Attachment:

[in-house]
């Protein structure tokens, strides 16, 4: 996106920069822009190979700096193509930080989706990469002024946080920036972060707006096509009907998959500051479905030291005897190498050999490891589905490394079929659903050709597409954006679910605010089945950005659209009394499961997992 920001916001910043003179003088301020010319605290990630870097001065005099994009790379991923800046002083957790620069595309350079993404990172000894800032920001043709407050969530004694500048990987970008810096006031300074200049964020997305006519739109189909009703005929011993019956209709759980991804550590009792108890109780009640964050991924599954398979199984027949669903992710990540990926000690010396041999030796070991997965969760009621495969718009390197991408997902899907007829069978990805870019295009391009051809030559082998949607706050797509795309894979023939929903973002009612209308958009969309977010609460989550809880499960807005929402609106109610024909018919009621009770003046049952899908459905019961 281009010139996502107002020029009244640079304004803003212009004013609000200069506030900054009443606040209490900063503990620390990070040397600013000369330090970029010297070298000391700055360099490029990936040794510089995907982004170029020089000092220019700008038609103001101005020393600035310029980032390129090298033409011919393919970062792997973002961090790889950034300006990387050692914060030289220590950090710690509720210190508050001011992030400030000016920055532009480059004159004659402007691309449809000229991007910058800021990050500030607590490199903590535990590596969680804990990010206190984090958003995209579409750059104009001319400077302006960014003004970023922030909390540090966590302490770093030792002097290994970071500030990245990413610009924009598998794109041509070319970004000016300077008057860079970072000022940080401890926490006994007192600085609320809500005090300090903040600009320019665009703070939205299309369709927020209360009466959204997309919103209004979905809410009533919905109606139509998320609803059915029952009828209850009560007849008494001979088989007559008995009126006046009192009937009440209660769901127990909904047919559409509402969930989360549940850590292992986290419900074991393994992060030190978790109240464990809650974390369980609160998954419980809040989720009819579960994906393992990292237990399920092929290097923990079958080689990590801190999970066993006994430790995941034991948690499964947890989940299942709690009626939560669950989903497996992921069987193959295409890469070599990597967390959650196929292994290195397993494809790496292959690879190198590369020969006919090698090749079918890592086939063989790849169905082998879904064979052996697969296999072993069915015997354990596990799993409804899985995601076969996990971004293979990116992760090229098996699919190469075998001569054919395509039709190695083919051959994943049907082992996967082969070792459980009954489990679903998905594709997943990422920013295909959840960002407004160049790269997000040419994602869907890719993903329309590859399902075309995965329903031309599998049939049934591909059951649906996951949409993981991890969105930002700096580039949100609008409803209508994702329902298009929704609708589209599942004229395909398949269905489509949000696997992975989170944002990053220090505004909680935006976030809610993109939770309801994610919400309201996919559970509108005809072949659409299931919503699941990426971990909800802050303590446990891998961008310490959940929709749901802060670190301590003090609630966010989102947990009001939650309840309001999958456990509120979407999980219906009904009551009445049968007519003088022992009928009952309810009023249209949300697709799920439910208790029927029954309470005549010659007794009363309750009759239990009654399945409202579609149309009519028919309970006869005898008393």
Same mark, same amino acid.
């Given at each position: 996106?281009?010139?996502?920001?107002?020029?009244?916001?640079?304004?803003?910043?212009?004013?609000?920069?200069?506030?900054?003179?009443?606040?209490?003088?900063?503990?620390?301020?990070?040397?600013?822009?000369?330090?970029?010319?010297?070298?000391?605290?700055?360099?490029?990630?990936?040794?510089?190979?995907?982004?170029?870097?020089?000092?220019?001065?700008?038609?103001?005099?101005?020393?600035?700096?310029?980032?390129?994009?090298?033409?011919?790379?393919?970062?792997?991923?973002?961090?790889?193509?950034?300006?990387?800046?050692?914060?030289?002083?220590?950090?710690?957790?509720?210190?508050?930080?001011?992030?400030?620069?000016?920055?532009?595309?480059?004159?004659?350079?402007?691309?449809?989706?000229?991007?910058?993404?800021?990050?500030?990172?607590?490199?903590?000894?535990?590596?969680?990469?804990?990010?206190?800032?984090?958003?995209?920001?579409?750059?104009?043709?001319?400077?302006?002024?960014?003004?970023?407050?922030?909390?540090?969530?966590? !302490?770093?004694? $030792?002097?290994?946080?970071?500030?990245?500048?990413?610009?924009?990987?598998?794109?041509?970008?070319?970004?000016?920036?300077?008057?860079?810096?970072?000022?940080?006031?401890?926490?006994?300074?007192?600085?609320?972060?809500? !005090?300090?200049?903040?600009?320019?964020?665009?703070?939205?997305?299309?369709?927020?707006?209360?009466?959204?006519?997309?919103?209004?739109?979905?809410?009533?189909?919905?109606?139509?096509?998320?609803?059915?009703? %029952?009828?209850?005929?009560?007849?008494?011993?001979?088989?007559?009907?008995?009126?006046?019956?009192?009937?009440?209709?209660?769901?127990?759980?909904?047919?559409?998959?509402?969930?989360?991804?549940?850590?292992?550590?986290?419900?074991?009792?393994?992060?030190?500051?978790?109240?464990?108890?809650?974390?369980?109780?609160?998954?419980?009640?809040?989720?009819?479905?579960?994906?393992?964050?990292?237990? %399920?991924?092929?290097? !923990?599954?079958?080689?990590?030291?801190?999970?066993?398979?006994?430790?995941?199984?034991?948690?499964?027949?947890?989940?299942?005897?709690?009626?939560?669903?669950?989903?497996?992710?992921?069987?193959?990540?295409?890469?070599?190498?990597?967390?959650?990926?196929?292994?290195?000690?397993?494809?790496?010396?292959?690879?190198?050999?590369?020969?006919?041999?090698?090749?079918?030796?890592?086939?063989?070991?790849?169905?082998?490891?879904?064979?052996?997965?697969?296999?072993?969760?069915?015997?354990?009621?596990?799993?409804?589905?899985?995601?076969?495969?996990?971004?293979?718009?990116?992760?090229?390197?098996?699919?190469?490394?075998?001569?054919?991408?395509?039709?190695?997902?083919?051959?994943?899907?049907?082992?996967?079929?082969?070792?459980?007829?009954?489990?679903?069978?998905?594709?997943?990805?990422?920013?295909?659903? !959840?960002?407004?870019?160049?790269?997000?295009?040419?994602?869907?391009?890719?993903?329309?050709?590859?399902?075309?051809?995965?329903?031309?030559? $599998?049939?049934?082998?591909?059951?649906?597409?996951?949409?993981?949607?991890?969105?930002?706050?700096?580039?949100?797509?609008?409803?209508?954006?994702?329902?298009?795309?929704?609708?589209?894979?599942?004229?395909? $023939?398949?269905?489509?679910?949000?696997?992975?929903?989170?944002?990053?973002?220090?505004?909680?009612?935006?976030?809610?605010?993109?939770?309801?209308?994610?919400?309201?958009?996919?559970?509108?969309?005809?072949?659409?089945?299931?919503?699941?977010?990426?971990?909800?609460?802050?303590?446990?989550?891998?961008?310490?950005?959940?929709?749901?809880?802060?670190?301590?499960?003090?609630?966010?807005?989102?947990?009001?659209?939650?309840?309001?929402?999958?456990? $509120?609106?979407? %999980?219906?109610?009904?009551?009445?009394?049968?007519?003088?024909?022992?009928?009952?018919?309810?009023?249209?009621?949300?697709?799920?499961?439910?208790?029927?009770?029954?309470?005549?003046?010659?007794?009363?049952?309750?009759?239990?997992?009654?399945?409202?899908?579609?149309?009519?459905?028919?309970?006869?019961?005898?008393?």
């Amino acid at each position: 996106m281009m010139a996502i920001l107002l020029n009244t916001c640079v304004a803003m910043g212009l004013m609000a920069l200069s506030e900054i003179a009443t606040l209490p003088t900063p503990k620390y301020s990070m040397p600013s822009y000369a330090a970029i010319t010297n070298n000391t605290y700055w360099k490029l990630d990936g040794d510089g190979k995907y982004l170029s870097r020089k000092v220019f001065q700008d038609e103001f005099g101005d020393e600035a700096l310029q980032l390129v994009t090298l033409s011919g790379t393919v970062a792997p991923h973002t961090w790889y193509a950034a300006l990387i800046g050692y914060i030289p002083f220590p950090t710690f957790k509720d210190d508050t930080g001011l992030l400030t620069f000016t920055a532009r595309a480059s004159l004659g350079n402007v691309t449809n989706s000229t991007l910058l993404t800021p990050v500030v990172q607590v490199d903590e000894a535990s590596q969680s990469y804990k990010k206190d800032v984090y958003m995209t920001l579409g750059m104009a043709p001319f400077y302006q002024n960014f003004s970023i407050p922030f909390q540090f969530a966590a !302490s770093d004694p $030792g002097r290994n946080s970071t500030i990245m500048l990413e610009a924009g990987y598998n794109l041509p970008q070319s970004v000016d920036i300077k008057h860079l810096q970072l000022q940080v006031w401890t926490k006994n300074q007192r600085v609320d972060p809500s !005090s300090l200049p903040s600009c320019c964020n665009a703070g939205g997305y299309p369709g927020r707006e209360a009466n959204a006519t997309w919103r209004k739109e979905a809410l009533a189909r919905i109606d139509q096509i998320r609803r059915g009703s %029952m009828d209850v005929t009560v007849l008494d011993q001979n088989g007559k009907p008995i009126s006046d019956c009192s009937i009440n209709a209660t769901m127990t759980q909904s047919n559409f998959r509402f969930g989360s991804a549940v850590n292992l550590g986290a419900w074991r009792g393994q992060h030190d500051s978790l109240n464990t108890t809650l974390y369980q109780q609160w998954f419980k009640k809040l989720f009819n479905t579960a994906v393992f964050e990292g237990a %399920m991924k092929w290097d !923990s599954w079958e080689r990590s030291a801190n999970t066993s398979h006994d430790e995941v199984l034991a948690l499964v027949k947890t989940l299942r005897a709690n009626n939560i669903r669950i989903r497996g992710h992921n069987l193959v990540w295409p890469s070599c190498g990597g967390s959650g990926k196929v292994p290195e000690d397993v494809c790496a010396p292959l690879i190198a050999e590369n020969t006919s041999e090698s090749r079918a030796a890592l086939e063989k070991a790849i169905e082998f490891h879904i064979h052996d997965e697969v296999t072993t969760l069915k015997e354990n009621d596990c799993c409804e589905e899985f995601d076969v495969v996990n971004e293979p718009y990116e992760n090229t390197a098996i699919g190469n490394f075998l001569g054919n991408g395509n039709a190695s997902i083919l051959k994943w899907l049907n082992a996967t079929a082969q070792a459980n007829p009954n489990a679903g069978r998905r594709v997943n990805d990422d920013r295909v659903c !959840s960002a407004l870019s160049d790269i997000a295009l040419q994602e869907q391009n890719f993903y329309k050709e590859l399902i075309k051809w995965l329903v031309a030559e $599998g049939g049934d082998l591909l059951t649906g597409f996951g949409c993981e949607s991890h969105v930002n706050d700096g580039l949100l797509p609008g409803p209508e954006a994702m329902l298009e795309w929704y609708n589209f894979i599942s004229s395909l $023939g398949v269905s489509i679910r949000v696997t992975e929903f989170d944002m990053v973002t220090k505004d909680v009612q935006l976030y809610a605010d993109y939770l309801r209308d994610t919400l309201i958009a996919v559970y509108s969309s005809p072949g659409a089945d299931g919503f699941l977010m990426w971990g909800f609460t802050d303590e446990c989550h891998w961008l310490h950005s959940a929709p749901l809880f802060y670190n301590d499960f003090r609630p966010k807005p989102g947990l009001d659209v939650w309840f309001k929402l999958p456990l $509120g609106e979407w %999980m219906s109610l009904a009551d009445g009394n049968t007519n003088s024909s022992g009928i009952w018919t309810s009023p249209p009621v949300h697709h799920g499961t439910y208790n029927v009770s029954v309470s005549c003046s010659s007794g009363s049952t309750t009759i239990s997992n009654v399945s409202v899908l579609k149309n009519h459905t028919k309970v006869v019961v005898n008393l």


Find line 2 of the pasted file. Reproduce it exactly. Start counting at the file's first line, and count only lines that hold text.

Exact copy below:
């Protein structure tokens, strides 16, 4: 996106920069822009190979700096193509930080989706990469002024946080920036972060707006096509009907998959500051479905030291005897190498050999490891589905490394079929659903050709597409954006679910605010089945950005659209009394499961997992 920001916001910043003179003088301020010319605290990630870097001065005099994009790379991923800046002083957790620069595309350079993404990172000894800032920001043709407050969530004694500048990987970008810096006031300074200049964020997305006519739109189909009703005929011993019956209709759980991804550590009792108890109780009640964050991924599954398979199984027949669903992710990540990926000690010396041999030796070991997965969760009621495969718009390197991408997902899907007829069978990805870019295009391009051809030559082998949607706050797509795309894979023939929903973002009612209308958009969309977010609460989550809880499960807005929402609106109610024909018919009621009770003046049952899908459905019961 281009010139996502107002020029009244640079304004803003212009004013609000200069506030900054009443606040209490900063503990620390990070040397600013000369330090970029010297070298000391700055360099490029990936040794510089995907982004170029020089000092220019700008038609103001101005020393600035310029980032390129090298033409011919393919970062792997973002961090790889950034300006990387050692914060030289220590950090710690509720210190508050001011992030400030000016920055532009480059004159004659402007691309449809000229991007910058800021990050500030607590490199903590535990590596969680804990990010206190984090958003995209579409750059104009001319400077302006960014003004970023922030909390540090966590302490770093030792002097290994970071500030990245990413610009924009598998794109041509070319970004000016300077008057860079970072000022940080401890926490006994007192600085609320809500005090300090903040600009320019665009703070939205299309369709927020209360009466959204997309919103209004979905809410009533919905109606139509998320609803059915029952009828209850009560007849008494001979088989007559008995009126006046009192009937009440209660769901127990909904047919559409509402969930989360549940850590292992986290419900074991393994992060030190978790109240464990809650974390369980609160998954419980809040989720009819579960994906393992990292237990399920092929290097923990079958080689990590801190999970066993006994430790995941034991948690499964947890989940299942709690009626939560669950989903497996992921069987193959295409890469070599990597967390959650196929292994290195397993494809790496292959690879190198590369020969006919090698090749079918890592086939063989790849169905082998879904064979052996697969296999072993069915015997354990596990799993409804899985995601076969996990971004293979990116992760090229098996699919190469075998001569054919395509039709190695083919051959994943049907082992996967082969070792459980009954489990679903998905594709997943990422920013295909959840960002407004160049790269997000040419994602869907890719993903329309590859399902075309995965329903031309599998049939049934591909059951649906996951949409993981991890969105930002700096580039949100609008409803209508994702329902298009929704609708589209599942004229395909398949269905489509949000696997992975989170944002990053220090505004909680935006976030809610993109939770309801994610919400309201996919559970509108005809072949659409299931919503699941990426971990909800802050303590446990891998961008310490959940929709749901802060670190301590003090609630966010989102947990009001939650309840309001999958456990509120979407999980219906009904009551009445049968007519003088022992009928009952309810009023249209949300697709799920439910208790029927029954309470005549010659007794009363309750009759239990009654399945409202579609149309009519028919309970006869005898008393």